She, is Eleanor who is currently staying in a treatment facility and is estranged from her parents. She has escaped and Detective Iris Locke is desperate to find her her, and for more than the reason of being a suspect in the murder of Rachel McDermott, one of the nurses at the treatment centre.
This is the second book in the Detective Iris Locke series, and even though it can be read as a stand-alone, as I did, I would advise reading the first book. I say this because there is a story from the first that carries into this second book. The author does a cracking job of filling in the basics of what you need to know, but I felt that I would have a better understanding of Locke’s character if I had read in order.
Locke has gone through a hell of a time and is still coming to terms with changes in her personal life. She is thrown in at the deep-end to a certain extent as she is asked to lead this investigation into Rachel’s death and also Eleanor’s disappearance. There is some in-house rivalry that simmers through the story and it adds a good snarky moments for Locke to deal with. It is something she doesn’t really need a the moment as she has enough on her plate because Eleanor’s father has a lot of influence and she has to tread carefully.
This is a good story that moves a long at a slightly slower pace, but this sort of mirrors the pace the investigation flows at. It is quite a complex case as there are so many unknowns, but it is at the same time easy to follow. As well as the main focus of the case, Locke’s background, as I have mentioned, is touched upon. Also her second in command has a few of his own problems. I like this inclusion of personal details into a story like this, it humanises the characters and also grounds them.
The story took some surprising routes and concludes in a quicker paced finale. The quick step-up in pace gives a sense of urgency and comes at just the right point of the investigation and adds another level of tension.
I really enjoyed this crime thriller and I will try my very best to read the first one as I really want to know more about Locke, she intrigues me as the author hints at a how Locke was in the previous book compared to how she is now, almost like a before and after comparison.
This is a really intriguing read that threw some surprising twists that I didn’t see coming. A police procedural that has a different feel as it it not just a murder investigation, but also the search for a girl who has disappeared. Why She Ran is a book I would definitively recommend.
Geraldine Hogan was born in Ireland. She gained an Honors Degree in English Literature and Psychology from Dublin City University and a Postgraduate Degree in Training and Management from University College, Galway. She is an Irish award-winning and bestselling author of four contemporary fiction novels under the pen name Faith Hogan. HER SISTER’S BONES is her first crime novel, her second WHY SHE RAN is due out in December 2019. She is currently working on her next novel. She lives in the west of Ireland with her husband, four children and a very busy Labrador named Penny. She’s a writer, reader, enthusiastic dog walker and reluctant jogger – except of course when it is raining!
I am delighted to be sharing my review for Hemlock Jones and the Underground Orphans by Justin Carroll. My thanks to Caroline at Bits About Books for arranging my spot on the Blog Tour and also for arranging a copy of this fabulous book. My apologies for being late with this review, I hadn’t realised the Tour dates had changed, but better late than never as they say 🙂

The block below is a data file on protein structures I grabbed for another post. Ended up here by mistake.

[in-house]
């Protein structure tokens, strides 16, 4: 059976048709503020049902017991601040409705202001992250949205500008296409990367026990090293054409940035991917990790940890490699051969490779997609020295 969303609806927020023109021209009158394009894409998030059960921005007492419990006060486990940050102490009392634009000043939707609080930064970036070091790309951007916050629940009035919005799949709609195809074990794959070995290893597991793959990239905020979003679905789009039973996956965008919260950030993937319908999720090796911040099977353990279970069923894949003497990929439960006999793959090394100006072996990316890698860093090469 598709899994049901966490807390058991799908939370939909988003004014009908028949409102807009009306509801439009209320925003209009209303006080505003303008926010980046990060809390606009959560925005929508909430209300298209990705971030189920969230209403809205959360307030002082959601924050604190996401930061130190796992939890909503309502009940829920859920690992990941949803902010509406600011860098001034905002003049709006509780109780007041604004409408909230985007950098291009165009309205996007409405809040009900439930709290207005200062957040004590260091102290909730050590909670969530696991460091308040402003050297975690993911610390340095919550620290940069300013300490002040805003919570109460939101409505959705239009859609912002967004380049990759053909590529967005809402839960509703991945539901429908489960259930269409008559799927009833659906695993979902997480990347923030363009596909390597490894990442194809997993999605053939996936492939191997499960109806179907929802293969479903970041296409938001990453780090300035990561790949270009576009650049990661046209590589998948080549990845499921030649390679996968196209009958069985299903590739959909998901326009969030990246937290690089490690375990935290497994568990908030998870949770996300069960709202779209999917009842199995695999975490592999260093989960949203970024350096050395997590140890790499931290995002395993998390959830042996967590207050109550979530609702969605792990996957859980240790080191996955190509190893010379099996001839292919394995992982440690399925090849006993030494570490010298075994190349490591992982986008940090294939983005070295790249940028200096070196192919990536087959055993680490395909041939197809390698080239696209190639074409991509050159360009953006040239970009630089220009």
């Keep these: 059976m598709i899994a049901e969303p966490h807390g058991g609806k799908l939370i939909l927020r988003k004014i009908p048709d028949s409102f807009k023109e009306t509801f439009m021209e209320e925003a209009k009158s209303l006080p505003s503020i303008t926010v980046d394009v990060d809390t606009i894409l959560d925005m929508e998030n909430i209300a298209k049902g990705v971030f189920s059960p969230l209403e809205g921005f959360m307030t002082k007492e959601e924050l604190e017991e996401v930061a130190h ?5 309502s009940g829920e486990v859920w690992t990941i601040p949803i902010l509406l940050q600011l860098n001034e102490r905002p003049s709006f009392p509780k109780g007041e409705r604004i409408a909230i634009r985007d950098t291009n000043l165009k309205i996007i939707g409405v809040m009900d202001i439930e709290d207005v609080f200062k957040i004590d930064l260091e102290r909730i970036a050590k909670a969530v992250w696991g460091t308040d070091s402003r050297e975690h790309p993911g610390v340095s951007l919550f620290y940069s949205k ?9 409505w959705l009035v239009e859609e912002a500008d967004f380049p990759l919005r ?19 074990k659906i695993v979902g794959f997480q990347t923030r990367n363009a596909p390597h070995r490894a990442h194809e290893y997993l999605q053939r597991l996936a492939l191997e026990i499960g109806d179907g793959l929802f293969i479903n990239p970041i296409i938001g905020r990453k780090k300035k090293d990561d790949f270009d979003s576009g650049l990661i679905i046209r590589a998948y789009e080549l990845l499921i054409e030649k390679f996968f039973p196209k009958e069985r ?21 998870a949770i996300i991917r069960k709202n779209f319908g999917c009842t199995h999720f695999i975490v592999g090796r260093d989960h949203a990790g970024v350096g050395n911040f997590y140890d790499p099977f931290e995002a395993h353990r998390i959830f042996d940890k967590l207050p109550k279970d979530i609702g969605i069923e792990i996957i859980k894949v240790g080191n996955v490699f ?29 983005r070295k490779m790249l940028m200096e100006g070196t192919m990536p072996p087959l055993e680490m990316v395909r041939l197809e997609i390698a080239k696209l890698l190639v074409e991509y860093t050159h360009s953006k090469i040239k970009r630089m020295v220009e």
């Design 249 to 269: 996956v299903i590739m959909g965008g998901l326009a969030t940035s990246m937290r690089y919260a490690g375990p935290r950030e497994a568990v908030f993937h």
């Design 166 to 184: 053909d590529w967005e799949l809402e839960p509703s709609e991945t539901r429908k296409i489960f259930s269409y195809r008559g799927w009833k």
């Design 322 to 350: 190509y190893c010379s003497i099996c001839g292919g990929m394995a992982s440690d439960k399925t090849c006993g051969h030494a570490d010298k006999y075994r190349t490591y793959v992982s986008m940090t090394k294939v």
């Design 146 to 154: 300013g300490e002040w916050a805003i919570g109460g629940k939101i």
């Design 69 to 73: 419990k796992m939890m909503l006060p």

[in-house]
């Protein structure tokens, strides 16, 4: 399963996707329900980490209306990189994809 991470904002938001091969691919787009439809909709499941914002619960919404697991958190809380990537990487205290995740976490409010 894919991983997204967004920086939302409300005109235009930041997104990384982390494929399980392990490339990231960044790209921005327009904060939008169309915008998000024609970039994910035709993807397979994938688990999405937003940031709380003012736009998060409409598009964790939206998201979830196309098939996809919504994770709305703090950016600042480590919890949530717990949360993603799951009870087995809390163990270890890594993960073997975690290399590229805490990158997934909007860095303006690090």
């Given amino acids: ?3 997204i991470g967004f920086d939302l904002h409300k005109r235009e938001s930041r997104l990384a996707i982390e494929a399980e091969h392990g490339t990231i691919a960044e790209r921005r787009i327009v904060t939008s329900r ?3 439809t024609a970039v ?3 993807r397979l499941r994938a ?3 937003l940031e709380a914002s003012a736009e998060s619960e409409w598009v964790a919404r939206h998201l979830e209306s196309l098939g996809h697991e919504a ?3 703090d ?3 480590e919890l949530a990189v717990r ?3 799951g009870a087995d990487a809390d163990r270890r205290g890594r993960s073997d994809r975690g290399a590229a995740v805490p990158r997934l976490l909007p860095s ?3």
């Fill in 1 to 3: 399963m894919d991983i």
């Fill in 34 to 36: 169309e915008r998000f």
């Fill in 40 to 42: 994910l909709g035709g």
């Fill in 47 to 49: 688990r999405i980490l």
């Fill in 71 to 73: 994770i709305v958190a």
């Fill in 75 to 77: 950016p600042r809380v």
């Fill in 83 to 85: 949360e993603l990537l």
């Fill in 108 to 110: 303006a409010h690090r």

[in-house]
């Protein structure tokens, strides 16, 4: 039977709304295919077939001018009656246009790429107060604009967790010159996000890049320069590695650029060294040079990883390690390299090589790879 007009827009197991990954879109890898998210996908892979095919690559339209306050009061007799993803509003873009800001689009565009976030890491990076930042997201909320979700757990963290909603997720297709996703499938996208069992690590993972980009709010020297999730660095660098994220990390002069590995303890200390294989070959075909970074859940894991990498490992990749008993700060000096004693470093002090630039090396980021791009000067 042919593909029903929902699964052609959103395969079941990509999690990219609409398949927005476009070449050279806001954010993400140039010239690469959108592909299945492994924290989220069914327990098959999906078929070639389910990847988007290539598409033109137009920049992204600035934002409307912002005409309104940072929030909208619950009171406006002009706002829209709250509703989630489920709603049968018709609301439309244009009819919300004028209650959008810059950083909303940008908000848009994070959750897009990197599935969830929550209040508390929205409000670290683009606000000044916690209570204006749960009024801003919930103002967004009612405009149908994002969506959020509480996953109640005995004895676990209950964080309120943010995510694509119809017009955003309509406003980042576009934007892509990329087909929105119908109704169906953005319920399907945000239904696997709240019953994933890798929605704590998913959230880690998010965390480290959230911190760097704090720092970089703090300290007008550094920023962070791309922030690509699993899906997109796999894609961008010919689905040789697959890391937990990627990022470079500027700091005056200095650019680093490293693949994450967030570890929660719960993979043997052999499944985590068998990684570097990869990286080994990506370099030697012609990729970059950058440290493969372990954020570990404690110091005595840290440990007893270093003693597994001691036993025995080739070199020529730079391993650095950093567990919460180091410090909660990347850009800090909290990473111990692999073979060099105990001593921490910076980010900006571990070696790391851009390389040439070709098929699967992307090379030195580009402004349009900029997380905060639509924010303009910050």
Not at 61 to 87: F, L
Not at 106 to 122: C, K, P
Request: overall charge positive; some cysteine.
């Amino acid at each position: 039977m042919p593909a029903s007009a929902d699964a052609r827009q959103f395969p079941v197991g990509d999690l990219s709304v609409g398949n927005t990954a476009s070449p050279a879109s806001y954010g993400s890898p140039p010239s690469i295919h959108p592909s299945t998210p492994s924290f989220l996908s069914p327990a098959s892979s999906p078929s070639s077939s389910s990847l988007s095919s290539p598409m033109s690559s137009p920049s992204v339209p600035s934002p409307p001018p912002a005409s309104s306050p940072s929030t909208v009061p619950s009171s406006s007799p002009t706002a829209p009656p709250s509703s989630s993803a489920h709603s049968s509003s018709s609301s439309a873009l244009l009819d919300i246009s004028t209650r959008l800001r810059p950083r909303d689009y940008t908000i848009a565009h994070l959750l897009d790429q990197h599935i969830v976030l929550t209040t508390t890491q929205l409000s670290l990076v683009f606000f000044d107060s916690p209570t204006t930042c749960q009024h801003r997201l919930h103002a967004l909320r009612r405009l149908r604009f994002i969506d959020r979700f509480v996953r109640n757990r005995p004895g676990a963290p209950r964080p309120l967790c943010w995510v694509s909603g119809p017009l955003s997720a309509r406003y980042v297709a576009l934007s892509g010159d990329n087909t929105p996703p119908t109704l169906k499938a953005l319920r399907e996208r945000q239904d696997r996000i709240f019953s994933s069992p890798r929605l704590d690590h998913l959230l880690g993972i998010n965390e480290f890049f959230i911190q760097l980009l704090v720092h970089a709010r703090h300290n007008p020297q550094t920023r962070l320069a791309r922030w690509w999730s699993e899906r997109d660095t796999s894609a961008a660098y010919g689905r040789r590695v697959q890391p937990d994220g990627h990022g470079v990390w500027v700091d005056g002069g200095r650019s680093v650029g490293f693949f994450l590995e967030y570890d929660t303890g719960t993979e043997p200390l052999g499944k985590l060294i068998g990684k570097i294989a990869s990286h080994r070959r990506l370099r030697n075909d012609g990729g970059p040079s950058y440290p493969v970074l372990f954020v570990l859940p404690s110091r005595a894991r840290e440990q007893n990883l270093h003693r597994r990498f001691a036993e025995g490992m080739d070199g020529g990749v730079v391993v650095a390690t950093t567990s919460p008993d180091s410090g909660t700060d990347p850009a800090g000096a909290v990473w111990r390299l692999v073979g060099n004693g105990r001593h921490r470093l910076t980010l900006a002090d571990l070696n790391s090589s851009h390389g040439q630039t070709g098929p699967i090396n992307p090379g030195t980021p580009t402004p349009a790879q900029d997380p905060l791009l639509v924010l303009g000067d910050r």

This is the second book in the Hemlock Jones series and I loved it as much as I did the first one. Before I get carried away singing the praises for this author’s Hemlock series, let me show you what it is all about…
When orphans vanish from their beds across Victorian London, twelve-year-old demystifier Hemlock Jones and her companion, Edward, take the case!
This time, the trail will lead them from their Baker Street home, along lost rivers and into the heart of the city, to face exotic enemies and a charming man with dark plans…
Hemlock Jones & The Underground Orphans is the second of the Hemlock Jones Chronicles, the award-winning series of detective adventures for children and adults.
Oh it is so good to be travelling around Victorian London with Hemlock and Eddie, oops sorry Edward! Hemlock and Edward are a fabulous combination. Hemlock is a demystifier, she takes the mystery out of criminal cases that she decides to investigate and Edward is her Associate.
Her latest case is one that involves the disappearance of orphans. She is approached as she had helped on a previous case, though her and Edward did not get the credit they deserved, instead it went to that other famous consultant from Baker Street! Though she did not get the credit, she is recognised as being a help, so she agrees to give her expert help in the search for the missing children.
Now, you know I mentioned how I enjoyed wandering around Victorian London with the duo? Well, this time I was glad that as a reader I can experience things from the pages of a book! I bet Edward would wish to be in my position instead of traipsing and crawling through the rat infested sewers!
This book is fabulous and has mystery, intrigue and uses powers of observation and deduction or should I say demystification! I should mention that it is aimed at a younger audience, but this grown up (depending who you ask!) reader loves it!
It is a story that is accessible and is at a pace that holds the attention, there are quieter moments in it but these are moments are essential to the case or are about the lives of the characters themselves. I think this story is ideal for giving a younger audience a mystery novel that has a feel of the classic Sherlock Holmes but in a more upbeat way, it has action and adventure as well as mishaps and danger. I remember trying to read a Sherlock story when I was younger and I was not old enough to understand it, but if I had access to Hemlock Jones I would have been so happy. I will add that as an adult reader I love the Sherlock Holmes books!